Depending on the root cause, some stressful situations unfold over long periods of time–a few days, a couple weeks, even the better part of a year. If you work for a company that is  struggling to survive, you may see no end in sight to the high-pressure environment you’re working within. In cases like these, you need to find ways to escape at least for a while. Unfortunately, many people’s first reaction is to do the reverse–cutting back on personal time in order to slog through a tough situation.

Remember, stress isn’t just a response to what’s already going on around you–it’s also your reaction to negative things that might happen but haven’t yet. So it’s important not to sacrifice the habits and routines that sustain you over the long haul. And somewhat counterintuitively, one solution is to do things that lessen work-related stress in the near-term. Yoga and mindfulness exercises are common ways to create a sense of peace and serenity. No, they won’t eliminate your dread of what might still be on the horizon, but they can dampen the arousal that’s getting the best of you right now.

The other alternative is just to find something truly enjoyable to do, whether or not it induces calm or mindfulness. Go to a movie or concert. Play a game. Do some exercise. In this case, you’re focusing your motivation on something desirable, rather than something stressful.

The motivation to do pleasant things competes with the motivation to avoid negative ones. So if you can immerse yourself in positive activities, you’ll shift your motivation away from the focus on the stressors for a while. This can at lest help you keep stress that you can’t totally eliminate at manageable levels over long periods.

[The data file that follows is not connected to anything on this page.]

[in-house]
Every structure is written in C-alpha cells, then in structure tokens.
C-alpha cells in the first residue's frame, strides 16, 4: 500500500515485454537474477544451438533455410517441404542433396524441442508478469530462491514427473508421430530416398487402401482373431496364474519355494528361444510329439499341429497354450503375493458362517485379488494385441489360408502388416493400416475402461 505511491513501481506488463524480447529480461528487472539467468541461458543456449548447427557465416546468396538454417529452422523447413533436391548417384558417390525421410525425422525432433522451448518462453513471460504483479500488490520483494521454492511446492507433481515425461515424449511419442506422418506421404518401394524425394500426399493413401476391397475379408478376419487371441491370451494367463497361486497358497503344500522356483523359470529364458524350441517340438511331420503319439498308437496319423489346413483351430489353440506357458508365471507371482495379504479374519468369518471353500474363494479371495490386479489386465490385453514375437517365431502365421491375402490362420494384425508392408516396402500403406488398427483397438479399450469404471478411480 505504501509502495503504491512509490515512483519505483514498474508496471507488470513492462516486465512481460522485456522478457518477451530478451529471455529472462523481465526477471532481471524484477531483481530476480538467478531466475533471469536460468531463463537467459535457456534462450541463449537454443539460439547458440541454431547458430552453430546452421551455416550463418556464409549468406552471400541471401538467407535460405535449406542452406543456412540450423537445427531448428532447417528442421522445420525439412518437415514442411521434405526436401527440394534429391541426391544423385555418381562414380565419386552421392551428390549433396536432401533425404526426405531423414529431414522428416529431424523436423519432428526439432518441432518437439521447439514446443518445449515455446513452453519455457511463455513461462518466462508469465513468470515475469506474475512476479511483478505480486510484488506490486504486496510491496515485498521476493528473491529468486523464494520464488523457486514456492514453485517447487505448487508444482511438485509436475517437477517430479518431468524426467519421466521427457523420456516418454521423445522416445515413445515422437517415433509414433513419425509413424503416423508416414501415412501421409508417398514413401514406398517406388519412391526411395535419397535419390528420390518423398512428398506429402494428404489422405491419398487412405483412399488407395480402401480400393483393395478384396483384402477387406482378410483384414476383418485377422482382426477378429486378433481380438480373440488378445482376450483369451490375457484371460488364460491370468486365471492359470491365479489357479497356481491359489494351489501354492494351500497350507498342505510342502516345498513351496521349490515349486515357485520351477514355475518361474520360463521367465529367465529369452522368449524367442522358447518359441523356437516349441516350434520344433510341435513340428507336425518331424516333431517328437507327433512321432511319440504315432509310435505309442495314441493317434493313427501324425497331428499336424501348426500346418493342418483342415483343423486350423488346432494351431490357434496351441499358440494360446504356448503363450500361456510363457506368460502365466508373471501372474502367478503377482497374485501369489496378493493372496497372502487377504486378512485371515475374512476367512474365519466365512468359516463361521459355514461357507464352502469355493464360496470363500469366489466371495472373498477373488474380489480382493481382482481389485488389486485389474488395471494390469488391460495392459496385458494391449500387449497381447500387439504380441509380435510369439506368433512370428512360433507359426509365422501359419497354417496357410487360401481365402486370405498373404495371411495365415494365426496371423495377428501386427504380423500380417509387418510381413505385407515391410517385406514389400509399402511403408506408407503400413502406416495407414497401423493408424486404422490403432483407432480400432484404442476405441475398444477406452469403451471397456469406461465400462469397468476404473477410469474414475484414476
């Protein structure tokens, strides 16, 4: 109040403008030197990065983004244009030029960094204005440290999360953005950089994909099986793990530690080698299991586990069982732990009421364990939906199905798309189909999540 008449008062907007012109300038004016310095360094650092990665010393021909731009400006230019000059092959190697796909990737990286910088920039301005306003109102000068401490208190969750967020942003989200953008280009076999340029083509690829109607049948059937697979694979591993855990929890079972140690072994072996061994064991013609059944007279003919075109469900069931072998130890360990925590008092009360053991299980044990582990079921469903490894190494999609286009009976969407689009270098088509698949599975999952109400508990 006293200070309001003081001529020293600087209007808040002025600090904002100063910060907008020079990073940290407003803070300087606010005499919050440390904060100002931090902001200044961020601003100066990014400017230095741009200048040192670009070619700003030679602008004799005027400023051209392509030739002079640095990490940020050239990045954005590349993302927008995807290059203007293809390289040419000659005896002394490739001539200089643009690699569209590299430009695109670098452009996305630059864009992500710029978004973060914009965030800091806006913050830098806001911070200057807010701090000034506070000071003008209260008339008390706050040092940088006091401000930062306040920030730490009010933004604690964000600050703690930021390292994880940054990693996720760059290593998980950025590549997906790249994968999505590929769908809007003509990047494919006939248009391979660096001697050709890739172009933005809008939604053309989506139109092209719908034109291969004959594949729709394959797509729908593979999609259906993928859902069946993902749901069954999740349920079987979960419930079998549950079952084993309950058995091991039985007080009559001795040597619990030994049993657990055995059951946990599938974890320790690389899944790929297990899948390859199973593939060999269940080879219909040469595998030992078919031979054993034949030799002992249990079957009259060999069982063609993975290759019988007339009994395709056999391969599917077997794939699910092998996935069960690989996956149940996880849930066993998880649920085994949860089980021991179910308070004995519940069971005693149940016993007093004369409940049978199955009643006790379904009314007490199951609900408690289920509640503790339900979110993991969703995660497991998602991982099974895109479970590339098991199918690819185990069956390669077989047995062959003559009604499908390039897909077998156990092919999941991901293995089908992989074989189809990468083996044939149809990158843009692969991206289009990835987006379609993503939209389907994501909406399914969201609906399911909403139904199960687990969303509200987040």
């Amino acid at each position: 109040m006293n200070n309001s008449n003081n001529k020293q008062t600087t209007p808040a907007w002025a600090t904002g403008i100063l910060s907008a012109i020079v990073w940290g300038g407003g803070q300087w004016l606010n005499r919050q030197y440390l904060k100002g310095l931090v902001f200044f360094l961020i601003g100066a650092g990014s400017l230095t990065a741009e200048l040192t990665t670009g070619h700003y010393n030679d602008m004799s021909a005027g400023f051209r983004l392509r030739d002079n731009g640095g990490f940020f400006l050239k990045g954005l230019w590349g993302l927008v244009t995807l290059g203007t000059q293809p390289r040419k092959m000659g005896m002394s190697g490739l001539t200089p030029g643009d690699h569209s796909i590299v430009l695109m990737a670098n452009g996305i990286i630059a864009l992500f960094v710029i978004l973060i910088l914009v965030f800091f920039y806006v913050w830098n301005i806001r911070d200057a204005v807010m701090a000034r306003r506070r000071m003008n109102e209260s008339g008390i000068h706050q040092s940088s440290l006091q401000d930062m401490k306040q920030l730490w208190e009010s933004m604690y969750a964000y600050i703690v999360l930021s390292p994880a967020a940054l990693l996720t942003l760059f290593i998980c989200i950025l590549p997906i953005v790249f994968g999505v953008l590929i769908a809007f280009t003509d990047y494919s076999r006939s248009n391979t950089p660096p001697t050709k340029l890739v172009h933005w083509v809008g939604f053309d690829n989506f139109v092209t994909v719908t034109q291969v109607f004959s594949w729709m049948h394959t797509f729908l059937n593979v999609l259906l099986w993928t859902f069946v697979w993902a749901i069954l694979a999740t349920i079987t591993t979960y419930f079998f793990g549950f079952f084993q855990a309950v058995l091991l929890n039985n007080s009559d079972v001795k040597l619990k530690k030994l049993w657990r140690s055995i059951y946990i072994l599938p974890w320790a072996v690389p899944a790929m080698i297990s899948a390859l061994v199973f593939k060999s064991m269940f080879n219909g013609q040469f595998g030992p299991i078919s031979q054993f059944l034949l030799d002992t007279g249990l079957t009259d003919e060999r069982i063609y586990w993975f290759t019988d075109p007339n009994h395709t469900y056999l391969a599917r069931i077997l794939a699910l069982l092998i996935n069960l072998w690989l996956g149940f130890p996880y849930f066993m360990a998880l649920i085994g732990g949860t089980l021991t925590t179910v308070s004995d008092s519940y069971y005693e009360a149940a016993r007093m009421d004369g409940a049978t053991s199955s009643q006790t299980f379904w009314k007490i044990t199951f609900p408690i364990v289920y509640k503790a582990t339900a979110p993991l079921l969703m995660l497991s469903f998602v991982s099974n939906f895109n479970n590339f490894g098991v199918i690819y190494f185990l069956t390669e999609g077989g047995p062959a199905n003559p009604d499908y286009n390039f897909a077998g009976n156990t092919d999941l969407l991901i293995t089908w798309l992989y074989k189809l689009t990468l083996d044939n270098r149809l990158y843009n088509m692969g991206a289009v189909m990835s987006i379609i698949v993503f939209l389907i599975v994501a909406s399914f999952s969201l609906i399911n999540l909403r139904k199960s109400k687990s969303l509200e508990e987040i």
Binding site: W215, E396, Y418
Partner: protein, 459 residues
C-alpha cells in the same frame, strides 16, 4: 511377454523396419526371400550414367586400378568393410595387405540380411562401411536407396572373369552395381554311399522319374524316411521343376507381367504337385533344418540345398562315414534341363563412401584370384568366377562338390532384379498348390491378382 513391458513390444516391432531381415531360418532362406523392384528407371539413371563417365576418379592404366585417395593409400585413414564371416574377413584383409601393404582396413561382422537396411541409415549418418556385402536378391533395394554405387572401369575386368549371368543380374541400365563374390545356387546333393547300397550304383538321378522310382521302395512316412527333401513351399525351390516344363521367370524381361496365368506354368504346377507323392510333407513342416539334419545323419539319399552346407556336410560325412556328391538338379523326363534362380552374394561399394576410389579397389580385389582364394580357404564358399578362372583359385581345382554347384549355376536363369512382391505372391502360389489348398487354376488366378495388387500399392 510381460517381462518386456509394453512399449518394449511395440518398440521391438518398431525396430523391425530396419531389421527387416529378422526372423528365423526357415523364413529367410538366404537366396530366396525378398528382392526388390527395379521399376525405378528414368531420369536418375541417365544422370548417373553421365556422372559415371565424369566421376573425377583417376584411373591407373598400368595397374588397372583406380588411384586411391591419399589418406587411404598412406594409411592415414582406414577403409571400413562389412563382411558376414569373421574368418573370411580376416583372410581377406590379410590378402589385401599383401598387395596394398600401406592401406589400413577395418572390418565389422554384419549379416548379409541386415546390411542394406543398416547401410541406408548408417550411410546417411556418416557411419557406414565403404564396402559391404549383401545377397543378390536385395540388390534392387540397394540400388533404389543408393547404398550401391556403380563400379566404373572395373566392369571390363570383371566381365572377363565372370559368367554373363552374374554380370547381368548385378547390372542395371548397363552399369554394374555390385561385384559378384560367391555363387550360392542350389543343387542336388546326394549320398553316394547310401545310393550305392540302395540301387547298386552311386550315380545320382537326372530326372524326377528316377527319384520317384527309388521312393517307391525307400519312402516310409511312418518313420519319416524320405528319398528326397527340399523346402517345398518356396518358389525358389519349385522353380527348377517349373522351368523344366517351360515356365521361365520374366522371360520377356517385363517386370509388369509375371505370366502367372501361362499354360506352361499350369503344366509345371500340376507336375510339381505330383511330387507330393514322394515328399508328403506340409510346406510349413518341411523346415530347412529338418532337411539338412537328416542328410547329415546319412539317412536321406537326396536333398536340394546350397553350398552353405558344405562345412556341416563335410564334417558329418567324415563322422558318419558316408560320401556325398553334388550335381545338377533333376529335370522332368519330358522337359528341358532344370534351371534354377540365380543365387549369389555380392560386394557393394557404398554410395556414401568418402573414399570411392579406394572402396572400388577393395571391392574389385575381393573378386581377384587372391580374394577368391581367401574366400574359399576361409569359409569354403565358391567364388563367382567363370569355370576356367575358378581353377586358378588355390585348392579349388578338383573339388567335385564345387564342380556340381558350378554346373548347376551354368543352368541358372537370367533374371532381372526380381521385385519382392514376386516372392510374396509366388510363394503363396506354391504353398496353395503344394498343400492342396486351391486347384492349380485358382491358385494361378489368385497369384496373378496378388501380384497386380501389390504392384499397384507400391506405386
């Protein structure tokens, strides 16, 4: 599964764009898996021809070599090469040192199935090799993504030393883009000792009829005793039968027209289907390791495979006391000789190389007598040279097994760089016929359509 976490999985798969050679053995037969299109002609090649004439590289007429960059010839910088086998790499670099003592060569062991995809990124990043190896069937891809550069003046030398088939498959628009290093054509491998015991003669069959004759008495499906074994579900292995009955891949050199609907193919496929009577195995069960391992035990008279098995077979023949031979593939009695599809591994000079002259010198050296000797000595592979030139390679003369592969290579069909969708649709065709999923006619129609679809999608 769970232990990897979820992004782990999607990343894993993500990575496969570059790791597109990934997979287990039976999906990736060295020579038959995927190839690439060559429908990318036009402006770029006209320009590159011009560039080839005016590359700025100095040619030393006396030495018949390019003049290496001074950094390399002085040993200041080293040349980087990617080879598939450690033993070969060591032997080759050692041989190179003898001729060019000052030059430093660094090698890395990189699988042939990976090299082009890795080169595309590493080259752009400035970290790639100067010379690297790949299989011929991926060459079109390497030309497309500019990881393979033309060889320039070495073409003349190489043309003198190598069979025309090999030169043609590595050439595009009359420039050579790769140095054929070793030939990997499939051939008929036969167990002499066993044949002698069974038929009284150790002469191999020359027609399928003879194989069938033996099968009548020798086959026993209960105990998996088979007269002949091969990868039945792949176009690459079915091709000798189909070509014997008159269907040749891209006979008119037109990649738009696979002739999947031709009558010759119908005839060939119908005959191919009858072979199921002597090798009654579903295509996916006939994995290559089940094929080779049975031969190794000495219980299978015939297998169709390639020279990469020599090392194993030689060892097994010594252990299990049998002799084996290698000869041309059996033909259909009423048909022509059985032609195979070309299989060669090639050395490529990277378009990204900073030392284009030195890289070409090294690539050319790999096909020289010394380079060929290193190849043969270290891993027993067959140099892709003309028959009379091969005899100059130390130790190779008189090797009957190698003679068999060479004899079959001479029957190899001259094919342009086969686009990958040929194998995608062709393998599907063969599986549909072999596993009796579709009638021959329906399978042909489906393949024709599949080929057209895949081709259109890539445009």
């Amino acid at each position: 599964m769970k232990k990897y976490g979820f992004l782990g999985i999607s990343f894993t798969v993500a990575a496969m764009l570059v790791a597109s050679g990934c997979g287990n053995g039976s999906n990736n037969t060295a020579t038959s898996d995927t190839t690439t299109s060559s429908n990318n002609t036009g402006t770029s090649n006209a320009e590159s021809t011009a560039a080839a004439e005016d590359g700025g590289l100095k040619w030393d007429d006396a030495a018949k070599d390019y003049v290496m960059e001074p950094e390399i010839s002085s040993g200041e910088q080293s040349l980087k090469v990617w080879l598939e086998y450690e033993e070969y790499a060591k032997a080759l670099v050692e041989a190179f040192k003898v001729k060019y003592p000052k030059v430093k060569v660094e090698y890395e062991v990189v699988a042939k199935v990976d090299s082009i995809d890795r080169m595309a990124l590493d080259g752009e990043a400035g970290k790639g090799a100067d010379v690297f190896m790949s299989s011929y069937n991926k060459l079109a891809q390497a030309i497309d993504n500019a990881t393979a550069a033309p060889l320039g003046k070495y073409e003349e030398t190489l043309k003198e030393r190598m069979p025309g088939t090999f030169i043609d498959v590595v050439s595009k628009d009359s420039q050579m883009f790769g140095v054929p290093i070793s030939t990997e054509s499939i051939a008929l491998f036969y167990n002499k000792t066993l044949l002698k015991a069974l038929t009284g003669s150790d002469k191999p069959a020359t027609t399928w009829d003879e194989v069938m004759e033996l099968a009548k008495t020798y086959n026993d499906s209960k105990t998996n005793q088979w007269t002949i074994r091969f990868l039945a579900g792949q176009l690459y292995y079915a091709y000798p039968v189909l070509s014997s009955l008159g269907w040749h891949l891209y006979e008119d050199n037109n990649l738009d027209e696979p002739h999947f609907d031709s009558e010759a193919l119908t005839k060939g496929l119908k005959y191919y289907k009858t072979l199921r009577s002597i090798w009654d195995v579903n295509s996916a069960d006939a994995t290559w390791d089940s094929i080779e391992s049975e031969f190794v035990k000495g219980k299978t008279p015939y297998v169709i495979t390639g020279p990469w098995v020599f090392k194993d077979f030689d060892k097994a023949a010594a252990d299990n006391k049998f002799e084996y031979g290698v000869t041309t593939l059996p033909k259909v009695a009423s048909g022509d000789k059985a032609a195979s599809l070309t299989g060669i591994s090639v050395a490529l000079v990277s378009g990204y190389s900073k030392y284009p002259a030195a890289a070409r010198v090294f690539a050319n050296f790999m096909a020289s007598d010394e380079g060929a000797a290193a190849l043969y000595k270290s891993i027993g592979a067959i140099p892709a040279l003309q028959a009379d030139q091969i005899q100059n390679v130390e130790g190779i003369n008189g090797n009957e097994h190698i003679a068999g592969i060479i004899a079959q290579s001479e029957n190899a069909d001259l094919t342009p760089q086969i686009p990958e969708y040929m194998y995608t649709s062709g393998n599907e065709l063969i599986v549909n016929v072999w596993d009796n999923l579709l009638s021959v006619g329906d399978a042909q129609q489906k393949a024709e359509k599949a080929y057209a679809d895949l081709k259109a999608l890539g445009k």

When a big negative outcome feels like it’s right around the corner, it’s likely that your fear outstrips the potential reality. Stress causes you to magnify the imagined impact of the event you’re worrying about, which makes it hard to actually plan for it.

To regain some perspective, force yourself to think through the worst-case scenario as methodically as you can. For example, if your company does go bankrupt, what would that actually mean for you within the first week  after it’s announced? The first month? How hard would it be for you to find another job? Would working somewhere else really be that bad?

When we’re under stress we can’t seem to control or mitigate, we tend to believe that bad outcomes will be much worse than they typically prove to be in reality. In 2005 Researchers Gilbert and Wilson found that people regularly overestimate the long-term impact of negative events. Just telling yourself that you’re worrying needlessly isn’t likely to de-stress the situation, of course–you’re going to feel what you’re going to feel.

But to help you manage those feelings, try just accepting the worst imaginable outcome rather than struggling to avoid it with everything you’ve got. This way, if it really does come to pass, you may find yourself more resilient and adaptable than you’d thought.